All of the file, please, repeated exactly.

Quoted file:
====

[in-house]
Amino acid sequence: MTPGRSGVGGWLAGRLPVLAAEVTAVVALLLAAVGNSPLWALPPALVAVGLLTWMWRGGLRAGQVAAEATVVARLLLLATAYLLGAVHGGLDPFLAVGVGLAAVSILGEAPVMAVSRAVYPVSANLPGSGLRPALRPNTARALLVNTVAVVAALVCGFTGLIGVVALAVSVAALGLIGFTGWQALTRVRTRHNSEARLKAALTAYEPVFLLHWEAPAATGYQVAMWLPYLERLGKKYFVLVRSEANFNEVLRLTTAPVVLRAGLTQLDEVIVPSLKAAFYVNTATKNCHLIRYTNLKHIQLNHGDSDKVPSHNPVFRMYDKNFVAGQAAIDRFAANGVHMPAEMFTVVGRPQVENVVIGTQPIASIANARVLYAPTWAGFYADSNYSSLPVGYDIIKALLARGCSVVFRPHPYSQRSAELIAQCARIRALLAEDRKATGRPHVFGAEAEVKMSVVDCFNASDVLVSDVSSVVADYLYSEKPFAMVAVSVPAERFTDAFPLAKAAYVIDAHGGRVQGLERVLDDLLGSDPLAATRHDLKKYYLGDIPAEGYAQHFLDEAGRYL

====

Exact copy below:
[in-house]
Amino acid sequence: MTPGRSGVGGWLAGRLPVLAAEVTAVVALLLAAVGNSPLWALPPALVAVGLLTWMWRGGLRAGQVAAEATVVARLLLLATAYLLGAVHGGLDPFLAVGVGLAAVSILGEAPVMAVSRAVYPVSANLPGSGLRPALRPNTARALLVNTVAVVAALVCGFTGLIGVVALAVSVAALGLIGFTGWQALTRVRTRHNSEARLKAALTAYEPVFLLHWEAPAATGYQVAMWLPYLERLGKKYFVLVRSEANFNEVLRLTTAPVVLRAGLTQLDEVIVPSLKAAFYVNTATKNCHLIRYTNLKHIQLNHGDSDKVPSHNPVFRMYDKNFVAGQAAIDRFAANGVHMPAEMFTVVGRPQVENVVIGTQPIASIANARVLYAPTWAGFYADSNYSSLPVGYDIIKALLARGCSVVFRPHPYSQRSAELIAQCARIRALLAEDRKATGRPHVFGAEAEVKMSVVDCFNASDVLVSDVSSVVADYLYSEKPFAMVAVSVPAERFTDAFPLAKAAYVIDAHGGRVQGLERVLDDLLGSDPLAATRHDLKKYYLGDIPAEGYAQHFLDEAGRYL